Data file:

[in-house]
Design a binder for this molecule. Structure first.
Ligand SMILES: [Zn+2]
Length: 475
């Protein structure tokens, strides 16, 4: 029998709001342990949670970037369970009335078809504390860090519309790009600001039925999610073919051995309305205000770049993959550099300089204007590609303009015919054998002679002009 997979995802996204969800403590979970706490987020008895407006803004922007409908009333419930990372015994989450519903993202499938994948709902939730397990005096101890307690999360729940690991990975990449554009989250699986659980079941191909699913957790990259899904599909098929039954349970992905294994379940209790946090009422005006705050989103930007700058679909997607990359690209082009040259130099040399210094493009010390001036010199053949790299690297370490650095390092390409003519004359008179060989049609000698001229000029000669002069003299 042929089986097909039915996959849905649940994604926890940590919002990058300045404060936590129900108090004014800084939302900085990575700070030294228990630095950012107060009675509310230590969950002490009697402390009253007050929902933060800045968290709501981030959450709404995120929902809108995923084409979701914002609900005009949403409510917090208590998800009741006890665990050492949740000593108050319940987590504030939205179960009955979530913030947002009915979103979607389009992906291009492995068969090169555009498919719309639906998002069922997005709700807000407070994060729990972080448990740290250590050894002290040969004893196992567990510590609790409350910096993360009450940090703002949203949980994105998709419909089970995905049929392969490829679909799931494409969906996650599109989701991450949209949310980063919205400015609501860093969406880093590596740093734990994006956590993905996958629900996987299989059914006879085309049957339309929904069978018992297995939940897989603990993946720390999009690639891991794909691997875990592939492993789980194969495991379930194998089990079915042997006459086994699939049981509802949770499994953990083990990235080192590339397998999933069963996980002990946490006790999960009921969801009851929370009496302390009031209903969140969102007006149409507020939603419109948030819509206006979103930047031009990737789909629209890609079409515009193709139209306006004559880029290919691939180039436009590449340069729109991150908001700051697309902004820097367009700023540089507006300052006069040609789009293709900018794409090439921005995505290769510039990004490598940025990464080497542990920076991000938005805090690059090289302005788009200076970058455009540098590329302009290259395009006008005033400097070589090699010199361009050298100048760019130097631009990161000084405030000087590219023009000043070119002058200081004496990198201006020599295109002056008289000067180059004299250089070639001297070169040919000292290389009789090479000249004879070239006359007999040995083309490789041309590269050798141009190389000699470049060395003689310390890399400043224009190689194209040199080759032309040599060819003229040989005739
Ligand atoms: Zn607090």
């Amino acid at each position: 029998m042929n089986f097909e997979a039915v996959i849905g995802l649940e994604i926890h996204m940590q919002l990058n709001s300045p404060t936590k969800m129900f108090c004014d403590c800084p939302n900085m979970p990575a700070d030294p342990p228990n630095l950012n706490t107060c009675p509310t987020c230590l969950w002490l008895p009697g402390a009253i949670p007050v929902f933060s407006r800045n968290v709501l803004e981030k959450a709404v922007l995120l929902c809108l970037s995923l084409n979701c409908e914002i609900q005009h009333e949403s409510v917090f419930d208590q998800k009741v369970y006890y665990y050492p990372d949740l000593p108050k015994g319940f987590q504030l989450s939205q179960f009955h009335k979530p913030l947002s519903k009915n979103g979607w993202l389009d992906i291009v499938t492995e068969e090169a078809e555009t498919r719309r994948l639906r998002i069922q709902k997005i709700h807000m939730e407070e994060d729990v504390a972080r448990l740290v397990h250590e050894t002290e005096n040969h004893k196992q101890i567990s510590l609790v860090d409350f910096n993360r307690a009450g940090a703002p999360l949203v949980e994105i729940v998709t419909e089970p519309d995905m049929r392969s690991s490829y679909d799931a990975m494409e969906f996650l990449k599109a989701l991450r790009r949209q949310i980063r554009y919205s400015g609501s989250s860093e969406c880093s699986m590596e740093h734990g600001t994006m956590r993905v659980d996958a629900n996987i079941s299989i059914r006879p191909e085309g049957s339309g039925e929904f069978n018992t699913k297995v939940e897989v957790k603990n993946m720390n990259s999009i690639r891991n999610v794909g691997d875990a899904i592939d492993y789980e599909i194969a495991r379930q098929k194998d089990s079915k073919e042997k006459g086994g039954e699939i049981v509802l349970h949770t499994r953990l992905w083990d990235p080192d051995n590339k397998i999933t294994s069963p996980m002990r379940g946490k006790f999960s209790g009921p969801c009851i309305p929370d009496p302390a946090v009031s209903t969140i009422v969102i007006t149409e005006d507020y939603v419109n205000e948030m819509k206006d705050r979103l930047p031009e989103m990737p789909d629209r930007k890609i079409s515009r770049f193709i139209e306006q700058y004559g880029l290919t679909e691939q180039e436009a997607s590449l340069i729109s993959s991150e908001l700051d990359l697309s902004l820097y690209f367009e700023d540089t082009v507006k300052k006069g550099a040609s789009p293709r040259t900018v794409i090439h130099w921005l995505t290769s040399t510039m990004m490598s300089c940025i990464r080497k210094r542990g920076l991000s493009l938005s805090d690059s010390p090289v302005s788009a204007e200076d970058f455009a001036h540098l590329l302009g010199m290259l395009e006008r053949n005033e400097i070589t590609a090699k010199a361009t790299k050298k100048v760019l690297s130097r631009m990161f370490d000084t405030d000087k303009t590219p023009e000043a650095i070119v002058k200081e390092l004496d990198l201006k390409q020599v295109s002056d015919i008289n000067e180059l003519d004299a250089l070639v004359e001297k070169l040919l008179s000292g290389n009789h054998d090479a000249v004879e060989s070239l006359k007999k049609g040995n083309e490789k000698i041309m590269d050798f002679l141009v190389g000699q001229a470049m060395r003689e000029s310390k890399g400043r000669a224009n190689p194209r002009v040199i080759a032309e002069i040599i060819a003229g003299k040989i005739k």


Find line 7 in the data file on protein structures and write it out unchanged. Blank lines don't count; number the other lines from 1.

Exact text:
């Amino acid at each position: 029998m042929n089986f097909e997979a039915v996959i849905g995802l649940e994604i926890h996204m940590q919002l990058n709001s300045p404060t936590k969800m129900f108090c004014d403590c800084p939302n900085m979970p990575a700070d030294p342990p228990n630095l950012n706490t107060c009675p509310t987020c230590l969950w002490l008895p009697g402390a009253i949670p007050v929902f933060s407006r800045n968290v709501l803004e981030k959450a709404v922007l995120l929902c809108l970037s995923l084409n979701c409908e914002i609900q005009h009333e949403s409510v917090f419930d208590q998800k009741v369970y006890y665990y050492p990372d949740l000593p108050k015994g319940f987590q504030l989450s939205q179960f009955h009335k979530p913030l947002s519903k009915n979103g979607w993202l389009d992906i291009v499938t492995e068969e090169a078809e555009t498919r719309r994948l639906r998002i069922q709902k997005i709700h807000m939730e407070e994060d729990v504390a972080r448990l740290v397990h250590e050894t002290e005096n040969h004893k196992q101890i567990s510590l609790v860090d409350f910096n993360r307690a009450g940090a703002p999360l949203v949980e994105i729940v998709t419909e089970p519309d995905m049929r392969s690991s490829y679909d799931a990975m494409e969906f996650l990449k599109a989701l991450r790009r949209q949310i980063r554009y919205s400015g609501s989250s860093e969406c880093s699986m590596e740093h734990g600001t994006m956590r993905v659980d996958a629900n996987i079941s299989i059914r006879p191909e085309g049957s339309g039925e929904f069978n018992t699913k297995v939940e897989v957790k603990n993946m720390n990259s999009i690639r891991n999610v794909g691997d875990a899904i592939d492993y789980e599909i194969a495991r379930q098929k194998d089990s079915k073919e042997k006459g086994g039954e699939i049981v509802l349970h949770t499994r953990l992905w083990d990235p080192d051995n590339k397998i999933t294994s069963p996980m002990r379940g946490k006790f999960s209790g009921p969801c009851i309305p929370d009496p302390a946090v009031s209903t969140i009422v969102i007006t149409e005006d507020y939603v419109n205000e948030m819509k206006d705050r979103l930047p031009e989103m990737p789909d629209r930007k890609i079409s515009r770049f193709i139209e306006q700058y004559g880029l290919t679909e691939q180039e436009a997607s590449l340069i729109s993959s991150e908001l700051d990359l697309s902004l820097y690209f367009e700023d540089t082009v507006k300052k006069g550099a040609s789009p293709r040259t900018v794409i090439h130099w921005l995505t290769s040399t510039m990004m490598s300089c940025i990464r080497k210094r542990g920076l991000s493009l938005s805090d690059s010390p090289v302005s788009a204007e200076d970058f455009a001036h540098l590329l302009g010199m290259l395009e006008r053949n005033e400097i070589t590609a090699k010199a361009t790299k050298k100048v760019l690297s130097r631009m990161f370490d000084t405030d000087k303009t590219p023009e000043a650095i070119v002058k200081e390092l004496d990198l201006k390409q020599v295109s002056d015919i008289n000067e180059l003519d004299a250089l070639v004359e001297k070169l040919l008179s000292g290389n009789h054998d090479a000249v004879e060989s070239l006359k007999k049609g040995n083309e490789k000698i041309m590269d050798f002679l141009v190389g000699q001229a470049m060395r003689e000029s310390k890399g400043r000669a224009n190689p194209r002009v040199i080759a032309e002069i040599i060819a003229g003299k040989i005739k």